Thriller / Suspense

Star-Crossed (and Border-Crossed) Lovers

April 23, 2013
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Read the First 10 Pages of this book

It begins with a perilous journey to seek a better life.

Alan Larson‘s suspense thriller “Mexizona” then adds a spark, that builds to an unquenchable flame, for two star-crossed lovers torn apart by the values and prejudices of their family and friends.

“Mexizona” is a story set amidst the current Arizona – Mexico border crisis.

Alan Larson

The book takes on the cultural, political and social challenges surrounding the immigration debate, while bringing them all to a personal level that no dry congressional debate can touch.

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Listen to Alan Larson

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The Indie Author Life

According to Wikipedia, “Romeo and Juliet” may be the most-filmed play of all time:

The play has been widely adapted for TV and film. In 1960, Peter Ustinov’s cold-war stage parody, Romanoff and Juliet was filmed.[128] The 1961 film of West Side Story—set among New York gangs–featured the Jets as white youths, equivalent to Shakespeare’s Montagues, while the Sharks, equivalent to the Capulets, are Puerto Rican.[181] The 1994 film The Punk uses both the rough plot outline of Romeo and Juliet and names many of the characters in ways that reflect the characters in the play. In 2006, Disney’s High School Musical made use of Romeo and Juliet’s plot, placing the two young lovers in rival high school cliques instead of feuding families.[182] Film-makers have frequently featured characters performing scenes from Romeo and Juliet.[183] The conceit of dramatising Shakespeare writing Romeo and Juliet has been used several times,[184] including John Madden’s 1998 Shakespeare in Love, in which Shakespeare writes the play against the backdrop of his own doomed love affair.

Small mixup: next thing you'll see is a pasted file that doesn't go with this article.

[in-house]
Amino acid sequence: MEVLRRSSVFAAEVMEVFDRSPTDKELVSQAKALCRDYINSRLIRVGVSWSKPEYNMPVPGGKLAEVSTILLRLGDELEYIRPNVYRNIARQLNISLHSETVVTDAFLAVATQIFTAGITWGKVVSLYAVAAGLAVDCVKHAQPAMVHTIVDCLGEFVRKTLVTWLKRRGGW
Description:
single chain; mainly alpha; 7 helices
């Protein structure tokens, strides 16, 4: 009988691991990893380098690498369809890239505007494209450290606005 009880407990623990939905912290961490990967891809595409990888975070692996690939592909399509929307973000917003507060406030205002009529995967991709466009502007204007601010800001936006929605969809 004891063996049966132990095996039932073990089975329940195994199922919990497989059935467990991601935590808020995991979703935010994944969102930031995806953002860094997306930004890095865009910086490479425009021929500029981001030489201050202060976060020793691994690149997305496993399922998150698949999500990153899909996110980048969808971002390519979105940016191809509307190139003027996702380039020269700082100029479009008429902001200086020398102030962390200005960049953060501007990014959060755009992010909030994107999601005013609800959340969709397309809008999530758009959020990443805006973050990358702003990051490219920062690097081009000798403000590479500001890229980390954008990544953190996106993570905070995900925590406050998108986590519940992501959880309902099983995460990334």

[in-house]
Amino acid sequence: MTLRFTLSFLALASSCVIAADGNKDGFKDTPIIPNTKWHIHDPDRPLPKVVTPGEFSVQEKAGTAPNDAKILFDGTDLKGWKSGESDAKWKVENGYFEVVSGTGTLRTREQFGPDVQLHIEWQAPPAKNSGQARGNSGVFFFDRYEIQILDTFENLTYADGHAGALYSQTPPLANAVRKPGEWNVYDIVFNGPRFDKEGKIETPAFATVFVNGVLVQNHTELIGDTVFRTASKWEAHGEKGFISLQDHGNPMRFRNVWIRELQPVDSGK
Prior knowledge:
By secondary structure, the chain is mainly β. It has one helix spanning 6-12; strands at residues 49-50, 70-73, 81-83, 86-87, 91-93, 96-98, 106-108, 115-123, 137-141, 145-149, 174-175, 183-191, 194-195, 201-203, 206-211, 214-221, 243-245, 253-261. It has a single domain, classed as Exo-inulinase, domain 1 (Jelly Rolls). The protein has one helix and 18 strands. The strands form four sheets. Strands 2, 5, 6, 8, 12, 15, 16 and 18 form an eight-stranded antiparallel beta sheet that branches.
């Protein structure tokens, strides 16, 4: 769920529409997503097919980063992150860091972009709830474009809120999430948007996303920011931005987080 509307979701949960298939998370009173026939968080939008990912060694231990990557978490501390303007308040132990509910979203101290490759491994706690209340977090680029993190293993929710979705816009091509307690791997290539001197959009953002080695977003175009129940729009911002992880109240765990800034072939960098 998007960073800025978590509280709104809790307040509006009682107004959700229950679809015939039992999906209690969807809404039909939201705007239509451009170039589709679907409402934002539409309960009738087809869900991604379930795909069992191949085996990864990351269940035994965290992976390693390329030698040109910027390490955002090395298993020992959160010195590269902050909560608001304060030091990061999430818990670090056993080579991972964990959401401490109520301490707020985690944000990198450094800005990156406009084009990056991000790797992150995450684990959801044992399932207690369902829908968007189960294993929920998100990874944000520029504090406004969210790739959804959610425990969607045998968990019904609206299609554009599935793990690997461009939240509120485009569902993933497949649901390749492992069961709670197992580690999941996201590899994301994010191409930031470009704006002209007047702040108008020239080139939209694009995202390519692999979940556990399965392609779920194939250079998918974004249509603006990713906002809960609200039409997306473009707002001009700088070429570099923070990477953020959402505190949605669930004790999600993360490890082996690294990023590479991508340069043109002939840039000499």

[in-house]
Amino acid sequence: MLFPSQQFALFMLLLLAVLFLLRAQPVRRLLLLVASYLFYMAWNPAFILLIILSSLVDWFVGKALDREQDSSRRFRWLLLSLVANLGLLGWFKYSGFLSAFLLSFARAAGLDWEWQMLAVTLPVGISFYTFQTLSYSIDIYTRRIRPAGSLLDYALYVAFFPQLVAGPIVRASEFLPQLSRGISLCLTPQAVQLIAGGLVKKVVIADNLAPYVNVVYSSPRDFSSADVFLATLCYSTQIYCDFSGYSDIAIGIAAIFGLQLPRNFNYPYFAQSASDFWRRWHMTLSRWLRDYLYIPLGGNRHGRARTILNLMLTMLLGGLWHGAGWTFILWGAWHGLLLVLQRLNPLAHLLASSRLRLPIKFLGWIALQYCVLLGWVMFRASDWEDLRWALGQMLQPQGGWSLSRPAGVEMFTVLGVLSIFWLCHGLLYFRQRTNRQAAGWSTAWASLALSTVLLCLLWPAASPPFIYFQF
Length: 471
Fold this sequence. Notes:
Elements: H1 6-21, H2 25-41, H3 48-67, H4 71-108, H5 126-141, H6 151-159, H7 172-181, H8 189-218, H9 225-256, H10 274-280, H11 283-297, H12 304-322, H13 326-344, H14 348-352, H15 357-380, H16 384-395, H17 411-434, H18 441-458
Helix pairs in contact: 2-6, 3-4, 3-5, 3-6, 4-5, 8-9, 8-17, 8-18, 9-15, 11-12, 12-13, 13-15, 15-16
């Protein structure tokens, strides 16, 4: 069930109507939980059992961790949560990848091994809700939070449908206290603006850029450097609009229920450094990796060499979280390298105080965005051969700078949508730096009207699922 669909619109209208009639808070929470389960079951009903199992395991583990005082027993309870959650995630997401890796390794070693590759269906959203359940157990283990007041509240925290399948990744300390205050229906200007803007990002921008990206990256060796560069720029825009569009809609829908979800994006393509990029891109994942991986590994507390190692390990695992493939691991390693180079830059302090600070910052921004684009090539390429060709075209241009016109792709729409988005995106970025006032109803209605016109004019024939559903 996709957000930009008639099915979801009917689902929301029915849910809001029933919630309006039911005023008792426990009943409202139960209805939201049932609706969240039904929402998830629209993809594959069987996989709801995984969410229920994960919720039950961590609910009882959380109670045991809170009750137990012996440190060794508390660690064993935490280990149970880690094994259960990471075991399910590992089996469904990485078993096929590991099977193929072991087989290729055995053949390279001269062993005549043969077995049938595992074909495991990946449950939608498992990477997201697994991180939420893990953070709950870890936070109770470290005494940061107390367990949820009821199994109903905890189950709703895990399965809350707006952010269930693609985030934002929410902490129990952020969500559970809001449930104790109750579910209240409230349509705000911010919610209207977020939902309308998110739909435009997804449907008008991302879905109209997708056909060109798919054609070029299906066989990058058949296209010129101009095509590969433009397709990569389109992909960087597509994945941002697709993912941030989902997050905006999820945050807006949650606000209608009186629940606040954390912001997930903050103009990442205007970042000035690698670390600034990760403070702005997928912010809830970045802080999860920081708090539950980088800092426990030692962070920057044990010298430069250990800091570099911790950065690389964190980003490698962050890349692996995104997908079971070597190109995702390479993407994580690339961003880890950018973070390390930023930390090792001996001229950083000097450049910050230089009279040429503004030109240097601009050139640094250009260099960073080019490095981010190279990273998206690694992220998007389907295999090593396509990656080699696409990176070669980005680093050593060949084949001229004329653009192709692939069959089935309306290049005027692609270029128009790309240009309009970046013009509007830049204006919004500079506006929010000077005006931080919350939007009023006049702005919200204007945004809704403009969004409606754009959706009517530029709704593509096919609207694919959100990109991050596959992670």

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One Response to Star-Crossed (and Border-Crossed) Lovers

  1. Marge Anderson
    July 22, 2013 at 4:07 pm

    After reading about your book in the Free Press, I got it on my Nook and have just finished it. Really enjoyed it. Looking forward to the next one! Keep up the good work.

    Just listened to your interview on The Bookcast. Your laugh sounds just like the old Al I knew years ago.

    Good luck!

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